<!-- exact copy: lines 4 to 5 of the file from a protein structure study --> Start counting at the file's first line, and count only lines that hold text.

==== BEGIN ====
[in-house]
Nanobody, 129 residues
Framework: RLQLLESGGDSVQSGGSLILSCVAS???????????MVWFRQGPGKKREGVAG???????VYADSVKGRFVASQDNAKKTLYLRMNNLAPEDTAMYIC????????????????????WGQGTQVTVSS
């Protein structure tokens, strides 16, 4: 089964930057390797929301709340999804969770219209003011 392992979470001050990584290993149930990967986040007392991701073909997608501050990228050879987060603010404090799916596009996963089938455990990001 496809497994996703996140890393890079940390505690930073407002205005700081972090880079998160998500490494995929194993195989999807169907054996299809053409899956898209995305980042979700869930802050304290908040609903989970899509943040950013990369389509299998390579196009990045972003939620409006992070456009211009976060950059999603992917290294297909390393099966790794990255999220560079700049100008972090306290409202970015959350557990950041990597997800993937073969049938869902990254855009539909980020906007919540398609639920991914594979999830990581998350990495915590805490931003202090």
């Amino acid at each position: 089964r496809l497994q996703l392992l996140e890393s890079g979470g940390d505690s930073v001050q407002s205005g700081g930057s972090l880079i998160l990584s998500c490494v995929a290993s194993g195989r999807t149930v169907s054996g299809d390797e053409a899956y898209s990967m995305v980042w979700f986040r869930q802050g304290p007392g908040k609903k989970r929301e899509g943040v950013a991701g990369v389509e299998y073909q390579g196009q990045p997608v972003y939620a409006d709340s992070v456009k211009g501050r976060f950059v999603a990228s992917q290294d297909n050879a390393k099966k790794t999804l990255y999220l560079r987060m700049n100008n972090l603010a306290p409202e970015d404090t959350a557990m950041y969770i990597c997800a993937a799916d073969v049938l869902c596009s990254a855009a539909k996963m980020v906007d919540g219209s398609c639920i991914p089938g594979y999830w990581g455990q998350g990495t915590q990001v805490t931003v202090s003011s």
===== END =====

């Protein structure tokens, strides 16, 4: 089964930057390797929301709340999804969770219209003011 392992979470001050990584290993149930990967986040007392991701073909997608501050990228050879987060603010404090799916596009996963089938455990990001 496809497994996703996140890393890079940390505690930073407002205005700081972090880079998160998500490494995929194993195989999807169907054996299809053409899956898209995305980042979700869930802050304290908040609903989970899509943040950013990369389509299998390579196009990045972003939620409006992070456009211009976060950059999603992917290294297909390393099966790794990255999220560079700049100008972090306290409202970015959350557990950041990597997800993937073969049938869902990254855009539909980020906007919540398609639920991914594979999830990581998350990495915590805490931003202090």
């Amino acid at each position: 089964r496809l497994q996703l392992l996140e890393s890079g979470g940390d505690s930073v001050q407002s205005g700081g930057s972090l880079i998160l990584s998500c490494v995929a290993s194993g195989r999807t149930v169907s054996g299809d390797e053409a899956y898209s990967m995305v980042w979700f986040r869930q802050g304290p007392g908040k609903k989970r929301e899509g943040v950013a991701g990369v389509e299998y073909q390579g196009q990045p997608v972003y939620a409006d709340s992070v456009k211009g501050r976060f950059v999603a990228s992917q290294d297909n050879a390393k099966k790794t999804l990255y999220l560079r987060m700049n100008n972090l603010a306290p409202e970015d404090t959350a557990m950041y969770i990597c997800a993937a799916d073969v049938l869902c596009s990254a855009a539909k996963m980020v906007d919540g219209s398609c639920i991914p089938g594979y999830w990581g455990q998350g990495t915590q990001v805490t931003v202090s003011s």